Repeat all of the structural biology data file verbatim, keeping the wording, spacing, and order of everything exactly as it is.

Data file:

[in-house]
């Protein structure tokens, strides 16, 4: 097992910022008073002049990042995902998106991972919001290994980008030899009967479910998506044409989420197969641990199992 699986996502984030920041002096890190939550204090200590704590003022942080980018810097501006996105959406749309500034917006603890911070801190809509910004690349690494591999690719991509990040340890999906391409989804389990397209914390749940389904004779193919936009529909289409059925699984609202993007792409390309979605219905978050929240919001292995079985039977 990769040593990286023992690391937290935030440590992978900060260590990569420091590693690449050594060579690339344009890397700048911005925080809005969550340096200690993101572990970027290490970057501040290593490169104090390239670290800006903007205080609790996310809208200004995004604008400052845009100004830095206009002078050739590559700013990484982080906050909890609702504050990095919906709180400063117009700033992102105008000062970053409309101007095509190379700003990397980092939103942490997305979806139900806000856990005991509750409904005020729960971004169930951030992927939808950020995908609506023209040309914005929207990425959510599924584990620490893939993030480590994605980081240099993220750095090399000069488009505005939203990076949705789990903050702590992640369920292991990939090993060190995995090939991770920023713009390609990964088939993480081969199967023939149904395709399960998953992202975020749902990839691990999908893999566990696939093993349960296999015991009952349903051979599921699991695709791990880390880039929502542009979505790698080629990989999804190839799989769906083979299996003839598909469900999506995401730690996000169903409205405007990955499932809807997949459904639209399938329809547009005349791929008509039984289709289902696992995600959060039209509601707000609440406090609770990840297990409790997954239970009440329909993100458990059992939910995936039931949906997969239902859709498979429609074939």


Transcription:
[in-house]
């Protein structure tokens, strides 16, 4: 097992910022008073002049990042995902998106991972919001290994980008030899009967479910998506044409989420197969641990199992 699986996502984030920041002096890190939550204090200590704590003022942080980018810097501006996105959406749309500034917006603890911070801190809509910004690349690494591999690719991509990040340890999906391409989804389990397209914390749940389904004779193919936009529909289409059925699984609202993007792409390309979605219905978050929240919001292995079985039977 990769040593990286023992690391937290935030440590992978900060260590990569420091590693690449050594060579690339344009890397700048911005925080809005969550340096200690993101572990970027290490970057501040290593490169104090390239670290800006903007205080609790996310809208200004995004604008400052845009100004830095206009002078050739590559700013990484982080906050909890609702504050990095919906709180400063117009700033992102105008000062970053409309101007095509190379700003990397980092939103942490997305979806139900806000856990005991509750409904005020729960971004169930951030992927939808950020995908609506023209040309914005929207990425959510599924584990620490893939993030480590994605980081240099993220750095090399000069488009505005939203990076949705789990903050702590992640369920292991990939090993060190995995090939991770920023713009390609990964088939993480081969199967023939149904395709399960998953992202975020749902990839691990999908893999566990696939093993349960296999015991009952349903051979599921699991695709791990880390880039929502542009979505790698080629990989999804190839799989769906083979299996003839598909469900999506995401730690996000169903409205405007990955499932809807997949459904639209399938329809547009005349791929008509039984289709289902696992995600959060039209509601707000609440406090609770990840297990409790997954239970009440329909993100458990059992939910995936039931949906997969239902859709498979429609074939």